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A new understanding of recovery residences

February 16, 2012
by Beth Fisher, LCSW, LCAS, MAC, CCS
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NARR standards delineate residential levels of support
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“Focusing on the subtle meaning of words—rejecting some while embracing others—is far more than a matter of shallow political correctness. It is about changing the way addicted and recovering people see themselves and are seen by others. It is about changing the language that affects social policies and is in turn affected by those policies. Changing language is a way to personally and culturally close one chapter in history and open another.”

William L. White, The Rhetoric of Recovery Advocacy: An Essay on the Power of Language

Recovery residences provide a vital tool for initiating and sustaining long-term recovery. They are desirable in their emphasis on structure and community in a recovery setting, their service provision over an extended period of time, and their cost-effectiveness.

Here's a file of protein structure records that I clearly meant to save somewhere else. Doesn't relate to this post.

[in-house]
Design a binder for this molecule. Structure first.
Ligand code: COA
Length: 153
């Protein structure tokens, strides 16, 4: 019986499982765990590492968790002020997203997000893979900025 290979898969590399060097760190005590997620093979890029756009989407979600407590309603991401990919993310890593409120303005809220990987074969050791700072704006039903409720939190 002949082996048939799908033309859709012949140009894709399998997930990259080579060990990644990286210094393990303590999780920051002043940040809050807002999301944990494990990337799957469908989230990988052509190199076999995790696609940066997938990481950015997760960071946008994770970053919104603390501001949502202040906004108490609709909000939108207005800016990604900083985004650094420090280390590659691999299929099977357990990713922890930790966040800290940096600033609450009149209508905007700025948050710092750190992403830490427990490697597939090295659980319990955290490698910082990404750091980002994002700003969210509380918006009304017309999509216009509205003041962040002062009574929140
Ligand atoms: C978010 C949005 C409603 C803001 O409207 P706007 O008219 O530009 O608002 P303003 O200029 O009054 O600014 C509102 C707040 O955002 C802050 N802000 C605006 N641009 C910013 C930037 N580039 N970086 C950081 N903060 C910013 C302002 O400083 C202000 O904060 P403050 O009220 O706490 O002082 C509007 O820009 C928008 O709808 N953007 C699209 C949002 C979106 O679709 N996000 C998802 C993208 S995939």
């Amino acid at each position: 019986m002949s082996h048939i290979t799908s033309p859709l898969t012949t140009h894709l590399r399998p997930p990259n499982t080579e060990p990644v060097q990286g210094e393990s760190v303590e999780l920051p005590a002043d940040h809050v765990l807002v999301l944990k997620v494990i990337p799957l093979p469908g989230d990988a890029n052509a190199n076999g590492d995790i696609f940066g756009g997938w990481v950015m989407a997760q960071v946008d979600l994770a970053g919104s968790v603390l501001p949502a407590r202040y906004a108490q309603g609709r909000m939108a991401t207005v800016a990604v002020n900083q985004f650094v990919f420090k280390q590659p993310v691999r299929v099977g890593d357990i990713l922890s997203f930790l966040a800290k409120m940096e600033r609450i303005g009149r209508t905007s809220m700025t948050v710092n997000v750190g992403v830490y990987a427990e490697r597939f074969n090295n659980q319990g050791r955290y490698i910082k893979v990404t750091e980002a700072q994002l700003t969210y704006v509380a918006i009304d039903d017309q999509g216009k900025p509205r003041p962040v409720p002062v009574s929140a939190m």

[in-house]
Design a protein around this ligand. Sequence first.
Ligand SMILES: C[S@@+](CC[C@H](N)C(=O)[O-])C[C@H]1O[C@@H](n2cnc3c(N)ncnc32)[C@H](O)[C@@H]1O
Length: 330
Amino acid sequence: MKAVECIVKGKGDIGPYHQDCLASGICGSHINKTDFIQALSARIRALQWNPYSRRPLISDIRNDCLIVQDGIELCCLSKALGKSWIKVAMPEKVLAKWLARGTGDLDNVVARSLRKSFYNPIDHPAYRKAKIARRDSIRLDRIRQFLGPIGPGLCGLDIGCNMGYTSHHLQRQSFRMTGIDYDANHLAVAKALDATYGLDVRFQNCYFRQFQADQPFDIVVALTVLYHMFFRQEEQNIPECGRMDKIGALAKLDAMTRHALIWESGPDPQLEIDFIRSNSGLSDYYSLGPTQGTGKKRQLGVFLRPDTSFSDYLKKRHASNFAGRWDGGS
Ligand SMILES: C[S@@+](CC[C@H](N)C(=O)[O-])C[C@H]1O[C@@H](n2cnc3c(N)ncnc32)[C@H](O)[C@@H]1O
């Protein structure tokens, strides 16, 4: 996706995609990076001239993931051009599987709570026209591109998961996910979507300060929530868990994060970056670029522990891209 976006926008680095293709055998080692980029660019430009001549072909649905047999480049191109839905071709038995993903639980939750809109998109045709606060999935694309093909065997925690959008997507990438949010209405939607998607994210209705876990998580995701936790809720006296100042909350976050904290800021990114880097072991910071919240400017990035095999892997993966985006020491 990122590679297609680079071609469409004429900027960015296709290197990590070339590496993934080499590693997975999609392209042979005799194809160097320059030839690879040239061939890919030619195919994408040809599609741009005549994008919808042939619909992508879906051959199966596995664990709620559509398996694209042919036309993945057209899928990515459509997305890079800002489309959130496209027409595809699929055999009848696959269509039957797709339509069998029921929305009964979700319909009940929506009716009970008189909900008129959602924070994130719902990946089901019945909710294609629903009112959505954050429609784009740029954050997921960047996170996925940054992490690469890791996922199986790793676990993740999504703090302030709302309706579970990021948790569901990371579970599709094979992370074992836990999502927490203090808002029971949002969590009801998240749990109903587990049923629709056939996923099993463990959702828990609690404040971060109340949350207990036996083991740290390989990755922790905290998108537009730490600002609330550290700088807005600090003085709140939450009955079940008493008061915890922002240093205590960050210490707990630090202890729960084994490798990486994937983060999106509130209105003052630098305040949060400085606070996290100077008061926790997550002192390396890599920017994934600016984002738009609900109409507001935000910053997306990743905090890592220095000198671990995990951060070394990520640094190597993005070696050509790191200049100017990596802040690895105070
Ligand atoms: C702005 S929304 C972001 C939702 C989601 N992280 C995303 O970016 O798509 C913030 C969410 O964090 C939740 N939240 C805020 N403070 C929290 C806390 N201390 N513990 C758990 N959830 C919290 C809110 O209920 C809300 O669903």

Outcome studies show that the longer an individual remains in a recovery or treatment environment, the greater are her or his chances of sustaining recovery.1,2 Unfortunately, people in early recovery often are discharged from institutions or programs only to return to the environment where alcohol or other drug use triggers were experienced and addictive lifestyles were supported. Recovery residences provide a safe, healthy, community-based alternative for facilitating recovery at all stages of the recovery process.

Many convergent pathways to recovery exist, ranging from mutual support groups to professional treatment—each of which may be found in various types and levels of recovery residences. The residential spectrum offers a broad variety in terms of types of communities, intensity of structure, and degrees of services offered. Heretofore the field has lacked uniformity and precision of terms necessary to match presenting needs with the appropriate level of residential support.

The National Association of Recovery Residences (NARR) began in response to a call for residential providers across the service spectrum to create a uniform language and standards for all types of recovery residences. This association has attained a broad reach, finding commonality of standards, practice and language for the vast scope of residential operators. A seminal event of 2011 for the association was the adoption of a national standard for recovery residences, to include universal nomenclature.